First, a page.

Singapore is fast becoming the cruising hub of Asia. And Australians are discovering how the island state provides them with a very special bonus: the best pre- and post-cruise holiday in the region.
With an unbeatable location, two world-class cruise terminals and some of the best ships basing themselves there, many Australians are making the choice to cruise from Singapore this season.
The island metropolis is the natural gateway to emerging cruising destinations in Southeast Asia. There are more than 30 UNESCO World Heritage Sites close by, including the historic town of Malacca in Malaysia, Kinabalu National Park in Borneo and the majestic Halong Bay in Vietnam.
[easy-tweet tweet=”It’s possible to visit two or three countries in just one short cruise or extend the journey and travel further afield to China, Japan and South Korea.” via=”no” usehashtags=”no” template=”light”]
It’s possible to visit two or three countries in just one short cruise or extend the journey and travel further afield to China, Japan and South Korea.
Australian travellers are increasingly happy to fly to Singapore as it allows them to enjoy two holidays in one: a terrific stopover with great food and entertainment, and an exciting cruise through a region rich in history and adventure. And with more than 25 direct flights a day from six Australian cities, getting there is a breeze.
Ships depart from two terminals, Marina Bay Cruise Centre Singapore and Singapore Cruise Centre, and there are plenty of cruises to choose from.
Royal Caribbean’s largest ship in the southern hemisphere, Ovation of the Seas is homeported in Singapore. She is the most technologically advanced ship with amazing new activities like the iFly, North Star and SeaPlex area, fitted out with bumper cars and a roller rink.
Mariner of the Seas and Legend of the Seas are also homeported in Singapore. The line expects the longer itineraries of 10 to 14 days to be the most popular with Australians.
Princess Cruises will return to the Lion City. Sapphire Princess was based in Singapore last year and received an overwhelming response. The premium cruise line will cater to the growing number of high-end travellers keen to cruise Asia.
P&O will base one of its newest ship, Pacific Eden, in Singapore. This will be the first time P&O has offered round-trip cruises from Singapore since 2006. P&O expects the majority of Eden’s passengers will be Australian.
SuperStar Gemini is a Singapore favourite and based in the city year-round. It specialises in short cruises around Malaysia, calling at Penang, Langkawi, Malacca, Tioman and Redang, and recently added Port Klang (Kuala Lumpur) to its itineraries.
Walk the walk
Discover the history and design secrets behind Singapore’s neighbourhoods with guided walking tours from Architecture Walks. With restored art deco shophouses, street art and historic places of worship, it’s the perfect chance to see Singapore through the eyes of a local and, best of all, the walks are free.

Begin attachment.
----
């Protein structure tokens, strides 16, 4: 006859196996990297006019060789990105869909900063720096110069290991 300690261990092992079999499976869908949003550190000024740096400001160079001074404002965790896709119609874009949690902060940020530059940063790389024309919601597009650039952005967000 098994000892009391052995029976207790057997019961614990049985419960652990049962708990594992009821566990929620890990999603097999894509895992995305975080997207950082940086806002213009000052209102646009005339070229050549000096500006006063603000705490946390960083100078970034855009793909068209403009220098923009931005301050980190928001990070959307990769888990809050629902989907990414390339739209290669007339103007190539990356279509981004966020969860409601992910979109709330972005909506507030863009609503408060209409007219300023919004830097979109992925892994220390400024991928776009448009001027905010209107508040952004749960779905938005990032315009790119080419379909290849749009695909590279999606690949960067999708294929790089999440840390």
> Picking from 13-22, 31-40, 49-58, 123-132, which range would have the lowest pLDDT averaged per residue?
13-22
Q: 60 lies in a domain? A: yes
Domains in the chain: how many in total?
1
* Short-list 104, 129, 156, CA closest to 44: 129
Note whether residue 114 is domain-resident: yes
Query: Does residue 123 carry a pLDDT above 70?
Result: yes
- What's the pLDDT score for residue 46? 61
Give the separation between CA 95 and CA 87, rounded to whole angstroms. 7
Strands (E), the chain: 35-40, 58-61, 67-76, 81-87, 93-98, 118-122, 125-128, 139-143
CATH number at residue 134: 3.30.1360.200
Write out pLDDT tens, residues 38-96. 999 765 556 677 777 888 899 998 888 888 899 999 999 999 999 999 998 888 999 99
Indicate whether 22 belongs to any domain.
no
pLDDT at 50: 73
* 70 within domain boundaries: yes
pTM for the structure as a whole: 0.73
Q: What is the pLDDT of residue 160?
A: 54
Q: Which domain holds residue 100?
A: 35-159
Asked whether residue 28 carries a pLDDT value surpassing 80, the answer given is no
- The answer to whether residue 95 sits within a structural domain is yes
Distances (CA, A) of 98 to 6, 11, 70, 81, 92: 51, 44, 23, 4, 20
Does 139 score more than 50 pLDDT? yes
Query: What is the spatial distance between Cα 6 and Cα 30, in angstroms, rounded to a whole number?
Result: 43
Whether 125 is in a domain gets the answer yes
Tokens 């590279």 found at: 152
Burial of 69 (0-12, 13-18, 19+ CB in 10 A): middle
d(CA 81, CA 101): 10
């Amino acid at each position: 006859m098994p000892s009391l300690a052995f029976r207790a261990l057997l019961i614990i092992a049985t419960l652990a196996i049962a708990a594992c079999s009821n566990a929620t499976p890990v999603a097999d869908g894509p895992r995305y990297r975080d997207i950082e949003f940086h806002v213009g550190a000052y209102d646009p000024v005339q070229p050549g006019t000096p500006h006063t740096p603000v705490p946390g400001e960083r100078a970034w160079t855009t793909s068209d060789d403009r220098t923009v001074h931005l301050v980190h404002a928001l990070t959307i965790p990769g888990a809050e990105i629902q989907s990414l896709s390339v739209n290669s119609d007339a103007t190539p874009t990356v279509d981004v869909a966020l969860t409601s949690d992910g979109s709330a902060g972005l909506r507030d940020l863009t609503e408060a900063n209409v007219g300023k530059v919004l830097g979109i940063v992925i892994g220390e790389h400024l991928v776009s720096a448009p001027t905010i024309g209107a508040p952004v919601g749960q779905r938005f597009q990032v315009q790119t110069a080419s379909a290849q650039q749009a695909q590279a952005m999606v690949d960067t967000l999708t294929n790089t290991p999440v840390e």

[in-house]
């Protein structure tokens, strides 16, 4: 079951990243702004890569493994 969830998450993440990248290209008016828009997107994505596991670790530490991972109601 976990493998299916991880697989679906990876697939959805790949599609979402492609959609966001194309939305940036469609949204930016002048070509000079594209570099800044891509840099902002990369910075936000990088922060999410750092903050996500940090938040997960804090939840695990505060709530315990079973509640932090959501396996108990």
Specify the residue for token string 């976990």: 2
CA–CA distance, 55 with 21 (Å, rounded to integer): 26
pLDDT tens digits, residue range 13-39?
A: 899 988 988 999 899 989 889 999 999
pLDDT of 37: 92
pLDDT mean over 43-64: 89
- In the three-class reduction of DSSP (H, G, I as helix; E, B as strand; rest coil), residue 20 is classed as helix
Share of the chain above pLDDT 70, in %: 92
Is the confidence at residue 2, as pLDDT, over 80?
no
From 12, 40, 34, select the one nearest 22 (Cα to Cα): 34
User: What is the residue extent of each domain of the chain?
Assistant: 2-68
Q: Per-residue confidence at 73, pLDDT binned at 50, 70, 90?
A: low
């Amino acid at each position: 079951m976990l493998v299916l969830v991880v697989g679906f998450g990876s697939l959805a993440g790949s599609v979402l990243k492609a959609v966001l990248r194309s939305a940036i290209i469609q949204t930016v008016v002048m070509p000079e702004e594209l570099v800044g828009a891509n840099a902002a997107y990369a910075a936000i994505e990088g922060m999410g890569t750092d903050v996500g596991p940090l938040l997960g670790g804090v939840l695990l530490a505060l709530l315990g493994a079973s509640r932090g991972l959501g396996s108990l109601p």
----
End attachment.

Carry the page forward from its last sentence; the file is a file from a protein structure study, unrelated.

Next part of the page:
Eat like a local
If you’re an avid food lover, there’s no better place than Chinatown Food Street. The assembly of specialty local dishes and outdoor dining makes it the best way to enjoy an authentic experience in Singapore. But it can be a bit daunting if you don’t know where to start. Urban Adventures runs half-day tours through Chinatown.
Country meets city
Inspired by New York’s High Line, the Green Corridor is a park created from a disused railway that winds its way through forests and gardens, under old railway bridges and past historic stations.
Hip new haunts
The latest hotspot for the hip crowd is Tiong Bahru. The quirky neighbourhood is filled with art deco houses, artisan coffee shops, boutiques and small bars. Bincho is a compact cafe/bar/restaurant in a 70-year-old kopitiam, inspired by the yakitori-ya grilling stands in Japan. For Italian with a Singapore twist, head to Day & Night. for great pizza alongside Singaporean appetisers like har cheong gai (prawn paste chicken).
Whet your whistle
Singapore’s bar scene is exploding. You’ll need a password to get into the speakeasy-style Library where the Shrub-a-dub-dub cocktail (below), is served. Ask the concierge or check Facebook. 28 Hong Kong Street is another hidden gem and feels like a chic private lounge club. For a cocktail with a Singapore flavour try the chilli crab cocktail from Mars Bars, a dirty Chinese martini flavoured with century egg at Nutmeg & Clove or design your own cocktail at Bitters & Love.
Singapore has a rich cultural mix of Chinese, Malay and Indian traditions, which come alive in the city’s language, food and architecture. Visit the Malay-Arab quarter of Kampong Glam to see the beautiful Sultan Mosque, where glass bottles were donated by the local community to help with its construction. For Singapore’s Peranakan culture, head to Joo Chiat and Katong. Once home to wealthy merchants, it is now dotted with stately villas, home museums and colourful shophouses.
Australian celebrity Tetsuya Wakuda opened his Singapore restaurant, Waku Ghin, in 2010 and considers Singapore one of his favourite cities. So what are his favourites? Imperial Treasure Teochew Cuisine is great for Teochew food. There are some adventurous items on the menu like jellyfish and duck’s tongue but you can also stick to the delicious dim sum or signature yam omelette. The Singapore Botanic Gardens are an oasis of green in the heart of the city. The garden is the perfect antidote to the city’s hustle and ideal for just lazing about under the sun with the locals.